Consider how much settlement and differential movement that a building undergoes in their early stages of life. Now you can see how critical bond breakers are and how prone to failure the membrane is without them.

3. Insufficient membrane thickness

Carrying on from the previous point, when the membrane is stretched, it undergoes necking, or thinning, affecting its ability to withstand water.

As such, if the nominated dry film thickness is not met, the membrane does not possess the quoted elongation properties. This substantially loses its ability to withstand movement.

From a commercial point of view, clearly the installer is inclined to be conservative with the liquid product to reduce costs.

The installer also knows that this is a difficult one to police – it’s not readily visible and it requires a special gauge which is not found in a typical toolbox.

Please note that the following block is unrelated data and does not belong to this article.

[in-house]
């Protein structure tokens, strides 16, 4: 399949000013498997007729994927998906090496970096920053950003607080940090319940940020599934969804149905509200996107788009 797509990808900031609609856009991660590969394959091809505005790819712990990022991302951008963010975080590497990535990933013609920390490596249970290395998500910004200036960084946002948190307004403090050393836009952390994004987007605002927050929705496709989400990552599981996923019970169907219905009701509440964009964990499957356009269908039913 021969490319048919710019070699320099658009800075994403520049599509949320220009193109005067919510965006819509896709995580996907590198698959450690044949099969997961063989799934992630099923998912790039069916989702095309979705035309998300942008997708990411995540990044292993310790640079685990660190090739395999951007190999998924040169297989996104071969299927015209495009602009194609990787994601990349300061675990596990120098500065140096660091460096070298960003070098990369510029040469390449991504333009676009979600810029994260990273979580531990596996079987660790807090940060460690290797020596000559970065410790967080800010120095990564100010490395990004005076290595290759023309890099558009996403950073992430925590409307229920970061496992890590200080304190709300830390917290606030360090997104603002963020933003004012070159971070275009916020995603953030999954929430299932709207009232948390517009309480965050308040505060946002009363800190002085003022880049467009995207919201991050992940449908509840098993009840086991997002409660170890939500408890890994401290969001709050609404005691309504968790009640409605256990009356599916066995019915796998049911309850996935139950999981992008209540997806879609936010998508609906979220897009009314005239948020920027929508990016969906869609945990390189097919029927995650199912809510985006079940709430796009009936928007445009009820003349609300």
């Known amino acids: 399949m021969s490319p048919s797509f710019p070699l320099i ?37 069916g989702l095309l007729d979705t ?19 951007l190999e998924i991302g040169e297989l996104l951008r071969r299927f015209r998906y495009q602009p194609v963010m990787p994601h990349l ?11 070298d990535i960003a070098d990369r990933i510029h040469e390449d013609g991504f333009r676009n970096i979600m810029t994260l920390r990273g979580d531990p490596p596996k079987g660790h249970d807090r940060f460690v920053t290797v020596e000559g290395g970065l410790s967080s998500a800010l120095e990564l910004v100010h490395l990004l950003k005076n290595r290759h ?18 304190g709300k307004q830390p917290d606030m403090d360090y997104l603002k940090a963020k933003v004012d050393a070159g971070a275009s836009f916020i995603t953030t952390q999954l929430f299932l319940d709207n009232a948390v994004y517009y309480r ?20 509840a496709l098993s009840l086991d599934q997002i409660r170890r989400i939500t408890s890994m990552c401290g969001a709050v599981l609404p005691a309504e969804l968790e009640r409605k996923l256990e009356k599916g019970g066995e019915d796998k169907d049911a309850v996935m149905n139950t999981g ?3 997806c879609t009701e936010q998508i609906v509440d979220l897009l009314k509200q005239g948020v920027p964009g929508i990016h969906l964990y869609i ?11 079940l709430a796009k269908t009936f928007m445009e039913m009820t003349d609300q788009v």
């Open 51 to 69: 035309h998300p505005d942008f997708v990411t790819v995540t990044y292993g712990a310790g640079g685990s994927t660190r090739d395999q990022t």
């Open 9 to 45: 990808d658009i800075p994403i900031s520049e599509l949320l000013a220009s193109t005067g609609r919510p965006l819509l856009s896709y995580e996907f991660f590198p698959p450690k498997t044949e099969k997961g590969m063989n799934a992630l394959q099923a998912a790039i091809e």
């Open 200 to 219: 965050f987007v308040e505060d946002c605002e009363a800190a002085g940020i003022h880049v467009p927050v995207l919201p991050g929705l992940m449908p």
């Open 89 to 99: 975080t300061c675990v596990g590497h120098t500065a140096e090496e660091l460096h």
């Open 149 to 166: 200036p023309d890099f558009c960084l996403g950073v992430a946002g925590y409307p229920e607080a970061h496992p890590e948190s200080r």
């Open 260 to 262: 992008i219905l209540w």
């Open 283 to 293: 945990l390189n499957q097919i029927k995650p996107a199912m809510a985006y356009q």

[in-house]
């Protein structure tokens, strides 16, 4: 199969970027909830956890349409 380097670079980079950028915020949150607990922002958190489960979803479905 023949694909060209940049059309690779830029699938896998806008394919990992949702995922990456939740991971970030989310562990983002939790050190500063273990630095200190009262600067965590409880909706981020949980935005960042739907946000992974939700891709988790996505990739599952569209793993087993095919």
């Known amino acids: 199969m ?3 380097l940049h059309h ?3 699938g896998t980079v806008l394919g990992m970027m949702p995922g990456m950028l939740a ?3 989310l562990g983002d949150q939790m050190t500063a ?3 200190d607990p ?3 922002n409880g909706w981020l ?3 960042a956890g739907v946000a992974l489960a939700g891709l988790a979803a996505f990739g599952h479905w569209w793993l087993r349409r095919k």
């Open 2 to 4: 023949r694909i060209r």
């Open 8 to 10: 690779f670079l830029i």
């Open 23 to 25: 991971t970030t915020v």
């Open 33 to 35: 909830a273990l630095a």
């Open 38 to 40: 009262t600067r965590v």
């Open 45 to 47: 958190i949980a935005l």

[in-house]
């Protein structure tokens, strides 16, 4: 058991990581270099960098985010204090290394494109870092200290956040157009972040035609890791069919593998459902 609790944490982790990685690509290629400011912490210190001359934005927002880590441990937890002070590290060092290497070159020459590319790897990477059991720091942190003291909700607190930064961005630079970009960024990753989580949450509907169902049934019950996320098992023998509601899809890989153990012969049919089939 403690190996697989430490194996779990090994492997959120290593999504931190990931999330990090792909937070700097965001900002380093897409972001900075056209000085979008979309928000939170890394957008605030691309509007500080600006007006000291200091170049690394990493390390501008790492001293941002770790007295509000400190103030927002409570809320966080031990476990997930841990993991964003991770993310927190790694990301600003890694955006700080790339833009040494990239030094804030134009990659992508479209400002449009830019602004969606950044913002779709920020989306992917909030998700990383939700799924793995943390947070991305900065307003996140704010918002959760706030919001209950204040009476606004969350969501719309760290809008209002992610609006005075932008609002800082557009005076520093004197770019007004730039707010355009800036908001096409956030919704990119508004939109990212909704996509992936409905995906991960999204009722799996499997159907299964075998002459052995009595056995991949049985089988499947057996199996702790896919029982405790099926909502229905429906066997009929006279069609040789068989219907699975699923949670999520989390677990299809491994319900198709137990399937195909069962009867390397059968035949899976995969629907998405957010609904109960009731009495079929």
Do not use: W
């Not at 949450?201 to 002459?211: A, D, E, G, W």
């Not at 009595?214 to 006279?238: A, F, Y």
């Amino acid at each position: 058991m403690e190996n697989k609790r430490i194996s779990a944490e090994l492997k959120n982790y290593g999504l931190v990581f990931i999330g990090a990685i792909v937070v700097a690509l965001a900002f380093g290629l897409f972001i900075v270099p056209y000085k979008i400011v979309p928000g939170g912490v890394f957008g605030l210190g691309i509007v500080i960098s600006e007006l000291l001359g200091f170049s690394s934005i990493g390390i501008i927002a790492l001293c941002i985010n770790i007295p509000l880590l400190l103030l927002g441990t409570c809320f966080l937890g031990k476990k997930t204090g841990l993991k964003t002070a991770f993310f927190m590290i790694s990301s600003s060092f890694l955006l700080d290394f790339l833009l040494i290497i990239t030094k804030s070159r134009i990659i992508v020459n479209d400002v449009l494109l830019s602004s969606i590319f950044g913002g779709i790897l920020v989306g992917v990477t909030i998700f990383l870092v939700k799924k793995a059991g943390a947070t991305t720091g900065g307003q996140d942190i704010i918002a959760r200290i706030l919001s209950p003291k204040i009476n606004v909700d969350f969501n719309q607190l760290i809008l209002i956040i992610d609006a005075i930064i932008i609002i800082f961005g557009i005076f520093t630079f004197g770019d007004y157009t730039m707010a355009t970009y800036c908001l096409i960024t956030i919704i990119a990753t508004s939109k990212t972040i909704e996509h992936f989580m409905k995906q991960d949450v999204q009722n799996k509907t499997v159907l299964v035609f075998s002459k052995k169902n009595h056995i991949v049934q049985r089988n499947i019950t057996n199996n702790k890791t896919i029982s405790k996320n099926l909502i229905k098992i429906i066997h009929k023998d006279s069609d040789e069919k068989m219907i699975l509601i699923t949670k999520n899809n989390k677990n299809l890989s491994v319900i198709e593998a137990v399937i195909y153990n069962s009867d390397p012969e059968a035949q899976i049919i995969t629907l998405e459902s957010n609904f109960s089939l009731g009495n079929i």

Prior to application, do a calculation based on the area size and the manufacturer’s recommended coverage rates to estimate the amount of waterproofing required. The coverage rates will vary based on the porosity of the substrate but this is a good preliminary check that the applicator has enough product on hand.

This gauge used to measure wet film thickness are called a wet film thickness comb (https://www.youtube.com/watch?v=INnx7g5TF-k) or wheel (https://www.youtube.com/watch?v=_2X3Dp4g0yc). Keep in mind that the use of the tool damages the waterproofing application so make sure the waterproofing applicator is on hand to touch up the damage.

If you are not present to take WFT readings, dry film thickness can be confirmed with an electronic gauge such as the elcometer 456 https://www.elcometer.com/en/coating-inspection/dry-film-thickness/dry-film-thickness-digital/elcometer-456-coating-thickness-gauge.html. However, if you leave it until the membrane is dry, it becomes a much more difficult rectification method if the membrane does not meet the thickness requirement. Consult the manufacturer on the best method of rectification.